SU cultural groups make a COVID-19 comeback

Updated: Oct 27

The return of in-person meetings has significantly impacted Salisbury University cultural student organizations this semester as the effects of COVID-19 linger into the fall.


There are several active cultural organizations at SU, including the African Student Association, Caribbean Student Association, Kinks & Curls for Boys & Girls, Middle Eastern Cultural Society, various multicultural sororities and fraternities and the Lesbian Gay Bisexual Transgender Queer Alliance. These organizations rely on sharing traditions, creating familial connections and providing a safe space for members.


During the 2020-21 academic year, COVID-19 proved to be a major obstacle for maintaining cultural groups. Many student leaders graduated and incoming students grappled with new online class routines.


“A lot of people expressed that these clubs were dying and losing participation,” said Sandra Jean-Baptiste, president of the Caribbean Student Association. “Joining [the organization] as an executive board member my freshman year allowed for me to reach out to other freshmen who were seeking friends or somewhere that they could feel like they belong.”


Back in-person, the CSA’s bi-weekly meetings cover an array of topics with a primary goal of bringing Caribbean culture and love to American spaces, and all students are encouraged to join regardless of ethnicity, Jean-Baptiste said.


“We do have our own culture, and we are our own set of people,” Jean-Baptiste said. “It is important that we embrace that side of ourselves and bring it to where other people cannot only learn about it but also relate from their [own] cultures.”


The African Student Association also has big plans for the upcoming year, including its annual “Taste of Africa’’ event. Serving as president for the third consecutive year, senior Nanayaa Boaten is committed to the ASA’s goal of educating students about the diverse cultures of Africa.


Boaten said meetings are typically described as “familial,” and while there is a lot of laughing and joking, there are also conversations about social issues and politics.


“The African Student Association to me is family,” Boaten said. “It’s home.” Above all, ASA strives to maintain a sense of community for students on campus by having a “safe zone” that is comfortable and familiar, which “boosts people’s confidence and helps with mental health,” Boaten said.


The ASA is open for all students to bond over African culture, regardless of their ethnicity or background.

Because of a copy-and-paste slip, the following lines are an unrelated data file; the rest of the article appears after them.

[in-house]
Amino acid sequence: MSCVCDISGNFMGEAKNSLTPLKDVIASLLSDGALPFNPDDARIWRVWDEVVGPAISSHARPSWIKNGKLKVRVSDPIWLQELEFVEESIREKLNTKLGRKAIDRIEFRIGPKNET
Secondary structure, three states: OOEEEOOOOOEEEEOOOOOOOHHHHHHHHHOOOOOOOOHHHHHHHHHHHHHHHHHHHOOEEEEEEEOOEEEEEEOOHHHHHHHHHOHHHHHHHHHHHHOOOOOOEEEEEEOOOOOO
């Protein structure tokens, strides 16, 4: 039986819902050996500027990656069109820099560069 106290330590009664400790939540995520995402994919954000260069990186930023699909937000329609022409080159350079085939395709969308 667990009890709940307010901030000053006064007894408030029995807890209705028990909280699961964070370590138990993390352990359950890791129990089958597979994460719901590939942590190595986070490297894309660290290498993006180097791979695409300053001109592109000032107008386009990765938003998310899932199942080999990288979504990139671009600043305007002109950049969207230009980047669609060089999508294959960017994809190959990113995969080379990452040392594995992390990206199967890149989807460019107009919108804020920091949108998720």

“Definitely join and expand your horizons,” Boaten said. “There’s nothing more enlightening than stepping into somebody else’s culture, seeing the connections you can make and finding a new love.”


While having these organizations and cultural appreciation is certainly important on campus, Boaten also believes it is vital to elevate minority voices.


“We need to focus on trying to target the problems that these minority groups are facing,” Boaten said.


Other organizations, such as Students Helping Honduras, combine cultural appreciation with service.


SHH members fundraise various relief efforts in Honduras. Many students went on service trips to the country prior to the pandemic.


Sophomore Andrea Gerber, who serves as vice president of SHH, has a Central American heritage and cultural connection to the organization but also appreciates the values and service-oriented nature of SHH.


“It gave me the chance of having somewhat of a normal college experience,” Gerber said.


Many of the SHH’s efforts are devoted to raising funds, but the organization is also part of a larger branch that holds events related to Honduran culture.


Gerber said being a member of SHH serves as a learning experience, where students “really get to know the people in the community where they’re working.”


SHH members can form connections with executive members who share similar interests during the organization’s biweekly meetings, as well as widen a student’s perspective to different customs outside of America.


“When [members] are able to go down [to Honduras, they] can actually experience that firsthand,” Gerber said.


Students can look forward to upcoming activities from several cultural organizations, including ”Got 2 Glow,” a wellness collaboration between CSA and Kinks & Curls for Boys & Girls, fall fundraising efforts for SHH and the annual “Taste of Africa” event held by the ASA.


For more information about cultural organizations on SU’s campus, visit Involved@SU or the Multicultural Student Services page, which contains an array of student resources.



By SANDRA ZELAYA

Staff writer

Featured image courtesy of Salisbury University Public Relations Office.

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